The Global Spread of Bare Ground

The Global Spread of Bare Ground

Satellites have captured several eye-opening views of human activity changing the surface of Earth. They have been used to map the world’s changing forests, the spread of impervious surfaces, and the nighttime lights of human civilization.

Now University of Maryland scientists, led by Qing Ying and Matthew Hansen, have developed a new metric to measure the human fingerprints on Earth’s surface: bare ground gain (alternatively known as vegetative cover loss). Their results show a remarkable spread in bare ground between 2000 and 2012—a global gain of 94,000 square kilometers, an area larger than Lake Superior. China saw the largest increase in bare ground, roughly 35 percent of the global total; 17 percent occurred in the United States.

Flagging an area as “bare ground gain” means that Landsat satellites observed a vegetation loss without significant regrowth of greenery for at least three years. (In contrast, deforested areas or areas cleared for farming typically showed signs of regrowth in the months and years after vegetation was removed.) Monitoring bare ground captures key types of land use—such as mining and energy production—that are not always included in satellite-based maps of forest change or impervious surfaces.

The map above depicts bare ground gain in Asia. Areas with the greatest increase in bare ground are shown in purple and black. Orange and red areas saw a more modest increase. White areas indicate no change. The map depicts the spread of development in urban and suburban areas, the creation of new roads and other transportation networks, and even the installation of greenhouses in rural areas. Bare ground caused by geologic processes—such as landslides, volcanic eruptions, drying lakes, and meandering rivers—are also captured, but such natural processes were responsible for just 5 percent of the observed increase in bare ground. Note that a few areas were potentially caused by changes in snow and ice cover or in planting schedules.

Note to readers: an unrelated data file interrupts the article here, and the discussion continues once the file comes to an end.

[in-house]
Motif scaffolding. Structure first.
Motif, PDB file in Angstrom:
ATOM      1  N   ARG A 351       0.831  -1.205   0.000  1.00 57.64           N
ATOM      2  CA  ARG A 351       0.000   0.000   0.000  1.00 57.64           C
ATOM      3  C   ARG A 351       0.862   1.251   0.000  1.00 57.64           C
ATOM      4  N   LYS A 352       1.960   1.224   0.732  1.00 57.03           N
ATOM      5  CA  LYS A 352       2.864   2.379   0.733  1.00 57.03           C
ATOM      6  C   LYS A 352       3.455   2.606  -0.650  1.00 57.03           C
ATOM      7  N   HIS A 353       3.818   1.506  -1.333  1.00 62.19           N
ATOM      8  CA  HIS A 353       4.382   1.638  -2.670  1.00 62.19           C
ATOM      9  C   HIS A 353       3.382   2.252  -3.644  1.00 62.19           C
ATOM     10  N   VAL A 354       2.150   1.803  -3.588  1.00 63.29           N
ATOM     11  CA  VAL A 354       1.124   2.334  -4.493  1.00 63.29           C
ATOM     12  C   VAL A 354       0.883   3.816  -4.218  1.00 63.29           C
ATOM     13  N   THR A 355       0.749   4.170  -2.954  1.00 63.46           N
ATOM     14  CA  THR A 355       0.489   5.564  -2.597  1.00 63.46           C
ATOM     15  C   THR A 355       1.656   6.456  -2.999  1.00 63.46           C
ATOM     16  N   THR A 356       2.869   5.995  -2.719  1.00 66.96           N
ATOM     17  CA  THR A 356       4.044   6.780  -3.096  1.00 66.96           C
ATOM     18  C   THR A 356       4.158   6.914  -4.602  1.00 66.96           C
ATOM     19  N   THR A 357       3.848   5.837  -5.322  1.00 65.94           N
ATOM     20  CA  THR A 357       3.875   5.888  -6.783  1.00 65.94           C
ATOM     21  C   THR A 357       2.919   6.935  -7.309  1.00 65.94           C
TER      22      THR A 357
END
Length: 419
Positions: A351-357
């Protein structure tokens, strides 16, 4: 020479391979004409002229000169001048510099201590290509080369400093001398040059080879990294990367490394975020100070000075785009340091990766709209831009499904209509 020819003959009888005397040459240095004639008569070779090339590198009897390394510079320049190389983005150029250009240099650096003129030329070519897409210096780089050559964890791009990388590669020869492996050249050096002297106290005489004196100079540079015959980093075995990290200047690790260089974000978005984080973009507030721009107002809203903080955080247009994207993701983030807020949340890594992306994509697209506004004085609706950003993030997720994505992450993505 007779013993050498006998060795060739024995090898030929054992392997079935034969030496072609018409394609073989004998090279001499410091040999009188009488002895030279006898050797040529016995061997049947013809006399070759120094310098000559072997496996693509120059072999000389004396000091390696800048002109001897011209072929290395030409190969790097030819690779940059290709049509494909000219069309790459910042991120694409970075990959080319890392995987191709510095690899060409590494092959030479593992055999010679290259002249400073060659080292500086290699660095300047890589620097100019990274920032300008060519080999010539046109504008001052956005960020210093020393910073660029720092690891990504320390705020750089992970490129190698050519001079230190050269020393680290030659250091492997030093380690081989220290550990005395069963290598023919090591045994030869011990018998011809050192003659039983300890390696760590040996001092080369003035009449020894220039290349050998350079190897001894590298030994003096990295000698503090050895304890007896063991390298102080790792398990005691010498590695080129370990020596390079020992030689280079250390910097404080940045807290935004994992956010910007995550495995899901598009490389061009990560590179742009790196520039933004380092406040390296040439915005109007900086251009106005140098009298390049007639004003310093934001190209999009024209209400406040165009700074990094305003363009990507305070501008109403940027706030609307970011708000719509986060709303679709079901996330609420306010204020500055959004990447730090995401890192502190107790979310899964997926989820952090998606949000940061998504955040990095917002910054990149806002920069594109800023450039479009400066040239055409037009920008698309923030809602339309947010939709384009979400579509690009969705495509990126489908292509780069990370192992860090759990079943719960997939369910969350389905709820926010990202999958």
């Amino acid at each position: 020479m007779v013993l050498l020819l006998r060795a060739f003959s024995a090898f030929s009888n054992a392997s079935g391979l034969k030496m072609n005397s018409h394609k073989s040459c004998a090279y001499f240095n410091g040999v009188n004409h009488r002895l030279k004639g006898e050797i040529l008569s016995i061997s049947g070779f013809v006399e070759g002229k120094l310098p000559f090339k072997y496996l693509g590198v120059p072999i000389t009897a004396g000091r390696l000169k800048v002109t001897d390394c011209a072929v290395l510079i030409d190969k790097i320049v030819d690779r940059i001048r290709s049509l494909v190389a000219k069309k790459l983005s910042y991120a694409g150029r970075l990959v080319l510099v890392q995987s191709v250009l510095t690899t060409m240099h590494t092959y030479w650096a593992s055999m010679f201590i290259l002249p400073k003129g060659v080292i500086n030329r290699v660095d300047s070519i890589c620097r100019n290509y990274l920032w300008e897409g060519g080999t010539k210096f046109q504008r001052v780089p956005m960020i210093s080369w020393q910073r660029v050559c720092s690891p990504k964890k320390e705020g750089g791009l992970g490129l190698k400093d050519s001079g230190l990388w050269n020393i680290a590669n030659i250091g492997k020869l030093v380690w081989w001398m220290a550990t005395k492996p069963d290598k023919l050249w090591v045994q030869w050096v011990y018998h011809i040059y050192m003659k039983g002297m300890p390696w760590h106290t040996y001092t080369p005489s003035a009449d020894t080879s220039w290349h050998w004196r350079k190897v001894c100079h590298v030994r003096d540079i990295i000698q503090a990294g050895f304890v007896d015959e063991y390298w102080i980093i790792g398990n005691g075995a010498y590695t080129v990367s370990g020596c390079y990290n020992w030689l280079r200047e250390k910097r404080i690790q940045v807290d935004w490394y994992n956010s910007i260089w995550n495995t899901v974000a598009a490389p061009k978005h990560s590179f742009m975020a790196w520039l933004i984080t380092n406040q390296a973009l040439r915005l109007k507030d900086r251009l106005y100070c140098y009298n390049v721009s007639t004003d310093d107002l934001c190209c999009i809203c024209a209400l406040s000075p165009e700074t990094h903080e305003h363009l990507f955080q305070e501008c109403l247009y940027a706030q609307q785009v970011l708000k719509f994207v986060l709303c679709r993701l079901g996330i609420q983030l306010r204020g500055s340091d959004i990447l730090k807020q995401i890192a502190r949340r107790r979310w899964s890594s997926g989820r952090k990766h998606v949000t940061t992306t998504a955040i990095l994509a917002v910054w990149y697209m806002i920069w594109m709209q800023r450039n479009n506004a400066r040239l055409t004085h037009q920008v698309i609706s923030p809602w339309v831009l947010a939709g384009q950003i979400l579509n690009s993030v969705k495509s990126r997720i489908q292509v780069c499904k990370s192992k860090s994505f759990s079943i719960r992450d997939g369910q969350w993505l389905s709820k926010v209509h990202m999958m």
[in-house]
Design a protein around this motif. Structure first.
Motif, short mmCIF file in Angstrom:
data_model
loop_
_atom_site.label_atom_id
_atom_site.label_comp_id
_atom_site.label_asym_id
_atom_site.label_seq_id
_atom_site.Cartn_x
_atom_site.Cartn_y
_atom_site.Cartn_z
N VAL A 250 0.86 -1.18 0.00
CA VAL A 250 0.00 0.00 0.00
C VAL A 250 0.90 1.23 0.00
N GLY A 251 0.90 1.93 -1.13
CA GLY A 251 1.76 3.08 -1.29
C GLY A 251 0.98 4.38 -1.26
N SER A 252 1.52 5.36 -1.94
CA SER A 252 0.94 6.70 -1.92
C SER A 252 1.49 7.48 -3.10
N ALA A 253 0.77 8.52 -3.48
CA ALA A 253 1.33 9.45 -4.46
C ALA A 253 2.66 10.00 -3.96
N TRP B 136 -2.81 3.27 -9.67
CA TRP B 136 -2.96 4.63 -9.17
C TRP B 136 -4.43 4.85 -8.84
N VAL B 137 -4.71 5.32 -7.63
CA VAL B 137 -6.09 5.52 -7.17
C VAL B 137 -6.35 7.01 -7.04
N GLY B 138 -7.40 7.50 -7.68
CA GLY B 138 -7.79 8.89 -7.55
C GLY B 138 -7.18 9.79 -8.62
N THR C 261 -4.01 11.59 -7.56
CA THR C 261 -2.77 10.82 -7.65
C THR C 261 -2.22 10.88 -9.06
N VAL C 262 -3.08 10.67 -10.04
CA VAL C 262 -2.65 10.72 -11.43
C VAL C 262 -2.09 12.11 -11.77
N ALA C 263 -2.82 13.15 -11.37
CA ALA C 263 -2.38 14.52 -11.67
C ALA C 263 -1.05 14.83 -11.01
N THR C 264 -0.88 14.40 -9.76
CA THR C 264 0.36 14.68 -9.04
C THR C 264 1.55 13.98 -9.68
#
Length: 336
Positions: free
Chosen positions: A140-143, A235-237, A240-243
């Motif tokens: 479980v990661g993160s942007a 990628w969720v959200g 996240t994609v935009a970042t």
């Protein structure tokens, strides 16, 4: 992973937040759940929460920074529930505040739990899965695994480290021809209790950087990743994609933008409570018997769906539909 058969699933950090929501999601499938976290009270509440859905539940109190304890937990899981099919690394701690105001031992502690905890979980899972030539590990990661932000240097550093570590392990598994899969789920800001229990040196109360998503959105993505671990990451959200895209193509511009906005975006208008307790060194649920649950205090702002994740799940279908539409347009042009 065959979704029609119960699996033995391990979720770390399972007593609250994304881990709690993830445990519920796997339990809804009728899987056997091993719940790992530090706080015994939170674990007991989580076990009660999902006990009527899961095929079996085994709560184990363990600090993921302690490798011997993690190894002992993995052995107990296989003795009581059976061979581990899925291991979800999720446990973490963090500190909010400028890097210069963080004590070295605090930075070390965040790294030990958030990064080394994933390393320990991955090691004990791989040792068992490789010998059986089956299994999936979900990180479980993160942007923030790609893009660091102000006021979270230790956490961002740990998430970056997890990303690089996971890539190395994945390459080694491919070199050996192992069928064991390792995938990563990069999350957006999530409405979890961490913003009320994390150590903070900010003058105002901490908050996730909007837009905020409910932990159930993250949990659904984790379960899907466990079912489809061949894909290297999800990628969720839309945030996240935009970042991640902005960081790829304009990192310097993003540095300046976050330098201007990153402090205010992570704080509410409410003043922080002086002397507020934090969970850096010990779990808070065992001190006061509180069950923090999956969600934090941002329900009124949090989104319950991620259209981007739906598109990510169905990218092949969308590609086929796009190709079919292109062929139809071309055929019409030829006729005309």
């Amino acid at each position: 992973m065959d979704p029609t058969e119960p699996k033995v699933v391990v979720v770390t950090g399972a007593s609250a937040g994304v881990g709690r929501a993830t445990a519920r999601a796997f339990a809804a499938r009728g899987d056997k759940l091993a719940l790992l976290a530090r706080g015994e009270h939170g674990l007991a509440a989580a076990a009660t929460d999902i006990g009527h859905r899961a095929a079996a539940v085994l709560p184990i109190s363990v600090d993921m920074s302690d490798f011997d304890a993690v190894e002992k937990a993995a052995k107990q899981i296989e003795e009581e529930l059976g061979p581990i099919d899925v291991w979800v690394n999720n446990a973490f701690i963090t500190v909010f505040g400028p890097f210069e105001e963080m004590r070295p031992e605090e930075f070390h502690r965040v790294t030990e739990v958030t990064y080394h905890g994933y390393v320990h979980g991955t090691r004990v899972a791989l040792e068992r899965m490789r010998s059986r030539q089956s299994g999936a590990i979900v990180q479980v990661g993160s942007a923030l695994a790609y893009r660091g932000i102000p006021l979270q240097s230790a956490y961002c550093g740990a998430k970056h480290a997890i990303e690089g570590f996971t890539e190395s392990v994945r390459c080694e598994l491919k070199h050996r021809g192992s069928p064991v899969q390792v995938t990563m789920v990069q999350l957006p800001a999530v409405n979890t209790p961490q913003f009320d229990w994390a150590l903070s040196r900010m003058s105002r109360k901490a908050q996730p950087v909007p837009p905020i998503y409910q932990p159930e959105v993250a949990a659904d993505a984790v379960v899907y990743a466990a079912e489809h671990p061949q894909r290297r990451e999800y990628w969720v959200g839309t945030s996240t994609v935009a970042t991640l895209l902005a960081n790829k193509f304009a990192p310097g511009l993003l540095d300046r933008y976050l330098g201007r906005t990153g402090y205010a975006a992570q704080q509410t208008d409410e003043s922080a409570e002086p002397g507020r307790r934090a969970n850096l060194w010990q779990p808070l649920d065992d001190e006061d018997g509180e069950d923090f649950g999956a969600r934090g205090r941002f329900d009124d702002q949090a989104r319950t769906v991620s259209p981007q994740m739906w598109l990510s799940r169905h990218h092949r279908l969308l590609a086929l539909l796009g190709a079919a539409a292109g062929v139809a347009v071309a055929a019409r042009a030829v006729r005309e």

The scientists noticed some interesting patterns. East Asia saw a larger increase than any other region, mainly because of rapid urbanization, expanding suburbs, and the growth of transportation networks in China. Note that the spread in bare ground did not necessarily track with population increase. While India and many African countries, for instance, saw populations rise significantly, these areas did not experience a large increase in bare ground.

Notice how clearly new roads stand out in the map of southeastern China. Several cities in the Pearl River Delta and near Fuzhou have grown rapidly, requiring major investments in transportation.

After China, the United States was the country that saw the second biggest increase. Whereas new transportation stood out as a major driver of bare ground in China, resource extraction—including gas and oil development and mining—stood out in the United States as a key cause for the increase. Both countries also saw major increases as cities and suburbs expanded.

In the map of Texas and Louisiana, notice the bare ground gain in the suburbs around Houston, San Antonio, and Austin. There were also major areas of change in rural areas because of new extraction activities in the natural gas and oil plays of southeastern Texas.

NASA Earth Observatory images by Joshua Stevens, using data from Ying, Qing, et al. (2017). Story by Adam Voiland.

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